So far, we’re 6-8 on the season, but that includes one bet we lost because I told Eugene the wrong team to bet on for the second half because my gambling problem can sometimes be hilariously inept.

Let’s go to today’s picks. Again, these are only the games we felt strongly about and again, we’re idiots. I always wanted a Hondo column, so thanks to Chris Ryan for indulging me and my Scrabble friend.

Clippers @ Orlando (+6.5)

Over/under: 210

Through four games, the Clippers have been running and gunning at a remarkable rate. They are the league’s most efficient scoring team, putting up 1.055 points per possession, per Synergy Sports. Only the Heat (who have played five games), the Mavs, and the Timberwolves have triggered more plays in transition.

Orlando ranks 10th in PPP at 0.921, with two of those games coming against the Pacers and the Nets, both of which have great defensive reputations. They don’t run as much as you’d expect a young team to run, but they’ve shown a shocking ability to get good shots in the half-court.

The Clippers have been awful defensively so far, giving up the second-most PPP this year, trailing even the Lakers. They have been terrible guarding the pick-and-roll and can’t seem to figure out what to do against teams that actually run plays. As long as Blake Griffin and DeAndre Jordan continue to play their uninterested, confused, and almost comic brand of “defense,” it’s hard to see this changing too much, even with Doc Rivers’s influence. You can’t fix stupid.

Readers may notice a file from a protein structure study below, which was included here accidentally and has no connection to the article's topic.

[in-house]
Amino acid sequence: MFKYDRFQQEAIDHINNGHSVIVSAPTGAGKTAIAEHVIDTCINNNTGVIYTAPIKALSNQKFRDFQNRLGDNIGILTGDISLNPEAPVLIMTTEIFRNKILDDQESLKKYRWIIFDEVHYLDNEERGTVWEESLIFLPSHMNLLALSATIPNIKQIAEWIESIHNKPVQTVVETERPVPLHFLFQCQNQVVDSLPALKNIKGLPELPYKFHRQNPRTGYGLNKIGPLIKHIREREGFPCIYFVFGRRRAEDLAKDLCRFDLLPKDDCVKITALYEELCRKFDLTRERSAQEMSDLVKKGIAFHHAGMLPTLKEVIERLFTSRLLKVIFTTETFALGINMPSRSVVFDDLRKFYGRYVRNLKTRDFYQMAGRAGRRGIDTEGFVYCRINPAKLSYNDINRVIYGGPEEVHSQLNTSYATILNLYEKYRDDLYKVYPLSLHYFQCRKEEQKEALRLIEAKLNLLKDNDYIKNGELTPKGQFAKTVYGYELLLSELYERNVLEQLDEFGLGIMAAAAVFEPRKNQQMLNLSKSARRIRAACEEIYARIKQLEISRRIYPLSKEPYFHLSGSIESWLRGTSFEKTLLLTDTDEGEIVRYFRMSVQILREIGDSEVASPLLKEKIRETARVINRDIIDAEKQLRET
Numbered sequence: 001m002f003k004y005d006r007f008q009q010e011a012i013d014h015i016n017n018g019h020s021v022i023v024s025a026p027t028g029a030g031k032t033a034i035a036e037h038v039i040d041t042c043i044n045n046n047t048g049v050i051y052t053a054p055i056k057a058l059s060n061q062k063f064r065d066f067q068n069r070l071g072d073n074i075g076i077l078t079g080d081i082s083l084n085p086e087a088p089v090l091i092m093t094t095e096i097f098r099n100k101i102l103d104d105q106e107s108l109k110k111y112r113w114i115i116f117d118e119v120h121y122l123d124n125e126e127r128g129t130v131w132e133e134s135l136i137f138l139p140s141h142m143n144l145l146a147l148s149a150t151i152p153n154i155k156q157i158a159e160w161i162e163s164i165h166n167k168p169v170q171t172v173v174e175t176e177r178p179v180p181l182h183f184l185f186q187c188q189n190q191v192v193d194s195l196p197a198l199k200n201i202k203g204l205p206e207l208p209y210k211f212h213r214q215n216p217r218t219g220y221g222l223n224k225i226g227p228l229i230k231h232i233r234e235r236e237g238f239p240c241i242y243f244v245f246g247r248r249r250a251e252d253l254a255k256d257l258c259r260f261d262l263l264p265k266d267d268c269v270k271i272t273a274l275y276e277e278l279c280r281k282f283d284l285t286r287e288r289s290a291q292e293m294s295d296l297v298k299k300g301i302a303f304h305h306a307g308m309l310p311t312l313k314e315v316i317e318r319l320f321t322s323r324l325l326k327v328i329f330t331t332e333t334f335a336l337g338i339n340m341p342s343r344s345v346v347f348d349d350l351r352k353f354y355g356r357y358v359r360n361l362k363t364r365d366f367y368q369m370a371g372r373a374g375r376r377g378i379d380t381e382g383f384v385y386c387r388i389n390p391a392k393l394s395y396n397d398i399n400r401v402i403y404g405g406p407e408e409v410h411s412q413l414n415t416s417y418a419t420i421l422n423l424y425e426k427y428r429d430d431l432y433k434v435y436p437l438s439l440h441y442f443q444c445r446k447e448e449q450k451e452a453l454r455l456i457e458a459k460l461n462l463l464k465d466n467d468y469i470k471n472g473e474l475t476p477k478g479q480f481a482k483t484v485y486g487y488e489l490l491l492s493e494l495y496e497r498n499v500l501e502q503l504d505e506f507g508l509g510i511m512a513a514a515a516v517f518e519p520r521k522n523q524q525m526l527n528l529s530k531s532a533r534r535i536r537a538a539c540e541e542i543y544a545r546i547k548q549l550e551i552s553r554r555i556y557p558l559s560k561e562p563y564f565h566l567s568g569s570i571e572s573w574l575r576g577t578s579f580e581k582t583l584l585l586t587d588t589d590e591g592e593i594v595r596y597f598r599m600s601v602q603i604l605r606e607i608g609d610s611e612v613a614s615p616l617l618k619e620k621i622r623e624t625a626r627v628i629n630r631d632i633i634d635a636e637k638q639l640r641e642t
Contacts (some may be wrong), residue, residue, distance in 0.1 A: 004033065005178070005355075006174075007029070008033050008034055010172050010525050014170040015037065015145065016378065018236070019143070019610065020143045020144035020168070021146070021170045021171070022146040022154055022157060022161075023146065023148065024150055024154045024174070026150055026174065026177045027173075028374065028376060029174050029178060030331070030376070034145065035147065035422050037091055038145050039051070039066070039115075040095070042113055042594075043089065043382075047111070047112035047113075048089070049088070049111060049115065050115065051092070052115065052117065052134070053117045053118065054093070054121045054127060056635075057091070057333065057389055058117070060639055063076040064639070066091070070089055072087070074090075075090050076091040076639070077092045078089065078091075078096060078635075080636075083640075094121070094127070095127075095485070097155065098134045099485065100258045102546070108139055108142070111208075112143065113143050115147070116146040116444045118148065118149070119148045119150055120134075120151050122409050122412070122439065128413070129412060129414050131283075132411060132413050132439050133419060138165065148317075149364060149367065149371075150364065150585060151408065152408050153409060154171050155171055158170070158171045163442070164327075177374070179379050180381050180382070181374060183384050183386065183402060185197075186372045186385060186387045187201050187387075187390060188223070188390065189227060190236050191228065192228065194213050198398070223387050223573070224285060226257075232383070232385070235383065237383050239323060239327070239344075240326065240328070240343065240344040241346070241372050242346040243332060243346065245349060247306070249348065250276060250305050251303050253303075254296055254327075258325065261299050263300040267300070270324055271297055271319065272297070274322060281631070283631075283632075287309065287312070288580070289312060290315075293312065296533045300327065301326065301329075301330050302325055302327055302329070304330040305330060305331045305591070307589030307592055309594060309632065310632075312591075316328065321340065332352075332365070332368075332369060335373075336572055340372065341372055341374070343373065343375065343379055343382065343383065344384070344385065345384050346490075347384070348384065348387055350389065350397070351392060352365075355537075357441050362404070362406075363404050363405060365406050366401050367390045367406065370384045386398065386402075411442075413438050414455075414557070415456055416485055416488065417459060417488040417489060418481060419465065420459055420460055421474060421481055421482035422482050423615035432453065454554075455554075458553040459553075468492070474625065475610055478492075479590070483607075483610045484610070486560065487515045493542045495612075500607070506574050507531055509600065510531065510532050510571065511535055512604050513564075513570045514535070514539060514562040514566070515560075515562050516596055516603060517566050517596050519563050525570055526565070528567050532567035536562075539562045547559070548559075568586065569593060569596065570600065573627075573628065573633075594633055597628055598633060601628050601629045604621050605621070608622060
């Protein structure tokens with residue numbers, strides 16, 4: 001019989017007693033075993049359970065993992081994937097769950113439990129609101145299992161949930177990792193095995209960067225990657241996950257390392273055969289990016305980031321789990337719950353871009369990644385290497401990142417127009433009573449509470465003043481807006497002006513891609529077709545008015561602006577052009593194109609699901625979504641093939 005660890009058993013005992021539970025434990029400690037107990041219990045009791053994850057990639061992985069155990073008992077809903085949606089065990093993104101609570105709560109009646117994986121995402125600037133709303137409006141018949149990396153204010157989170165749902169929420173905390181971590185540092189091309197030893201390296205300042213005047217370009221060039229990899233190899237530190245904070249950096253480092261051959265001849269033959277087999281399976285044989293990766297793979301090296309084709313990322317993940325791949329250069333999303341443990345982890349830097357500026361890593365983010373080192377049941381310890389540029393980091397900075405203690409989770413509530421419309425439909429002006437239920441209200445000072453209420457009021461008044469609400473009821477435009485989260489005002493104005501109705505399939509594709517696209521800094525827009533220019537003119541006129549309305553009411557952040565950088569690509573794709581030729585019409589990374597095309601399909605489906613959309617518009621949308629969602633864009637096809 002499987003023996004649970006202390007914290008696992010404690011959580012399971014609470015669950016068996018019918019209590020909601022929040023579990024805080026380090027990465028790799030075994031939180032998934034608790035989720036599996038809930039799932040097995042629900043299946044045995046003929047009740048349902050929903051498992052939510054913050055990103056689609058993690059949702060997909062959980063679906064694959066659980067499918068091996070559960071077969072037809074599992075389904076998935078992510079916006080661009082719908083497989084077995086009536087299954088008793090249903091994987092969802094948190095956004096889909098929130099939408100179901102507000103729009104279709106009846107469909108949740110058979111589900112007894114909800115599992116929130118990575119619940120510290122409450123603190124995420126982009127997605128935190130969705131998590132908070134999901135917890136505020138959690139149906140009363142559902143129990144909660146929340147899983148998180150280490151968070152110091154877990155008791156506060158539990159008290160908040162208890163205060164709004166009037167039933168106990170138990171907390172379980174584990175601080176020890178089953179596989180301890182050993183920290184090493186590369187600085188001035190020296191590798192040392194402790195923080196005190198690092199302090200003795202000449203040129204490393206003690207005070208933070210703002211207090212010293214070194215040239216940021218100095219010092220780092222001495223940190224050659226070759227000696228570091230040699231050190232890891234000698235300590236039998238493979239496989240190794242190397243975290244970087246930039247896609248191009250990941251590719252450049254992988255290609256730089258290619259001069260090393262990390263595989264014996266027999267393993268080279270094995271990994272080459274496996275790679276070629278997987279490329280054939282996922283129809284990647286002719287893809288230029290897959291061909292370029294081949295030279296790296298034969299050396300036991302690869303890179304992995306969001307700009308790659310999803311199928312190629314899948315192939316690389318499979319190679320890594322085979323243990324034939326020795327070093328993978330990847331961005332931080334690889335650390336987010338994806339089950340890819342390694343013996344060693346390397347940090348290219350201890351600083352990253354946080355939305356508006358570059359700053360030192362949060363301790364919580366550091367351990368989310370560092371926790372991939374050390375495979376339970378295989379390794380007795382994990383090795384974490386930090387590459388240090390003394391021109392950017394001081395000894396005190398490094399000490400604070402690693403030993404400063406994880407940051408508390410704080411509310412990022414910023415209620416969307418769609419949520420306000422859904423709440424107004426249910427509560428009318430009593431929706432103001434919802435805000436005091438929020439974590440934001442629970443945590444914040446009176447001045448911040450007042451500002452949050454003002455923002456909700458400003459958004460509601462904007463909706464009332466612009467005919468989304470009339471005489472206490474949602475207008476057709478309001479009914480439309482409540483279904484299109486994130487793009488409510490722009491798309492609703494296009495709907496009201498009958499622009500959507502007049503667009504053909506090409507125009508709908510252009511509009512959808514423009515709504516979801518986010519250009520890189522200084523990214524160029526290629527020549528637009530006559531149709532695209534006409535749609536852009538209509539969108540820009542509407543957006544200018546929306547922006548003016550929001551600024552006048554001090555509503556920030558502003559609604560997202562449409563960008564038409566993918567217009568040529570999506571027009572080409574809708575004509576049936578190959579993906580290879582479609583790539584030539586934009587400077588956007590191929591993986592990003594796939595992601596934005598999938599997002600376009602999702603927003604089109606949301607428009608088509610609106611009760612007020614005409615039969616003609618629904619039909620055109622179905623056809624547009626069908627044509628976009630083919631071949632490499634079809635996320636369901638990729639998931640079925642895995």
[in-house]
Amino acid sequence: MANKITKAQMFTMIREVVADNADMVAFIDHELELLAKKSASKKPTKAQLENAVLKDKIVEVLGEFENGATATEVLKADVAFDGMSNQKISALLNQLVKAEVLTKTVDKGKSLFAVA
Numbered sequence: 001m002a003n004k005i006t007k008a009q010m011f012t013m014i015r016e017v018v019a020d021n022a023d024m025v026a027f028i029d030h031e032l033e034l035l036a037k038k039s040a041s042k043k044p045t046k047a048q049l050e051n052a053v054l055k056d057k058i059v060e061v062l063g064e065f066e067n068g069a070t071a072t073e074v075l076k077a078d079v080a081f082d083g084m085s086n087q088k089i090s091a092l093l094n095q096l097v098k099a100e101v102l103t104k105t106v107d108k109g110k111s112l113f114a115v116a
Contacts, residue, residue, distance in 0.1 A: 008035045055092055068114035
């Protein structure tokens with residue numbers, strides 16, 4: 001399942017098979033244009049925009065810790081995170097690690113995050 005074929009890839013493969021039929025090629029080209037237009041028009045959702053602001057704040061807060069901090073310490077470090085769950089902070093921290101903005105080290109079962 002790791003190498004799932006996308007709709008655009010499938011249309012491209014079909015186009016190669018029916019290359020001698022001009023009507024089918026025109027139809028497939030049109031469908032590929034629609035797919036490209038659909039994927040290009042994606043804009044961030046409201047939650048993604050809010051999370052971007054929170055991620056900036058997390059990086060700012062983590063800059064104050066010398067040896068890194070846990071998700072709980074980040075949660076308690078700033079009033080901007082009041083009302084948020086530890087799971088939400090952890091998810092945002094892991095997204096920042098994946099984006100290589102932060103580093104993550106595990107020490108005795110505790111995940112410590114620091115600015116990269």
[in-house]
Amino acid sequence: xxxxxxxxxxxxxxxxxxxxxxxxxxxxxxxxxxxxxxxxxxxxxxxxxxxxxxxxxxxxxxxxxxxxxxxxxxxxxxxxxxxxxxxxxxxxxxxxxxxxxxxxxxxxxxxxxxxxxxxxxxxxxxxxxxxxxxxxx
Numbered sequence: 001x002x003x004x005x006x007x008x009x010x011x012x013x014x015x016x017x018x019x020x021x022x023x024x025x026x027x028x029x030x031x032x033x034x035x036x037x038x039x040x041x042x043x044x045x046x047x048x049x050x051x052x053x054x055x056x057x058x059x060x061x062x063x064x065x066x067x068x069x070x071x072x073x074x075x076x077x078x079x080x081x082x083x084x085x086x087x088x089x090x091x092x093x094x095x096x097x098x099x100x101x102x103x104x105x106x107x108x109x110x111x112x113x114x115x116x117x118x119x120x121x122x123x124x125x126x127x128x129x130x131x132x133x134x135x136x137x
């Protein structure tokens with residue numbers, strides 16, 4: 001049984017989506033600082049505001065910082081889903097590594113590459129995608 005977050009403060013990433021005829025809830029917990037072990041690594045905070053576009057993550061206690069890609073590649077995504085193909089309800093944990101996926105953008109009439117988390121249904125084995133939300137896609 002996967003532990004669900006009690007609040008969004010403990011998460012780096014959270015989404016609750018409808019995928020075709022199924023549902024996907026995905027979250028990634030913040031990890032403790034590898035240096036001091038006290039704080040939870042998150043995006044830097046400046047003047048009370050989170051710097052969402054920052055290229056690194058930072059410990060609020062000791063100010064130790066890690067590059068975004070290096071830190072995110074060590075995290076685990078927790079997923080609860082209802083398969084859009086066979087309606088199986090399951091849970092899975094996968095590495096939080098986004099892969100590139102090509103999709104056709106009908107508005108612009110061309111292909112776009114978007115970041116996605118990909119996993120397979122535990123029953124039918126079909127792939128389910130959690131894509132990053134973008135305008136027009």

210 seems way too low. The Clippers are playing for the regular season and Chris Paul probably smells the best shot he’ll ever have at the MVP. Victor Oladipo isn’t slowing him down. We’re taking the over.

Chicago @ Indiana (-2.5)

Over/under: 182.5

By every metric, the Pacers have been the best defensive team in the league, allowing only 0.776 PPP. They guard every part of the floor well and have kept up the intensity from last year’s playoff run. One note: The Pacers have achieved this mark against the Magic (10th in PPP), Pelicans (21st), Cavs (30th), and Pistons (19th), so while I don’t hesitate in saying the Pacers are one of the best defensive teams in the league, playing at an elite level at the start of the season, their league-leading defensive PPP could inflate quite a bit in the upcoming weeks.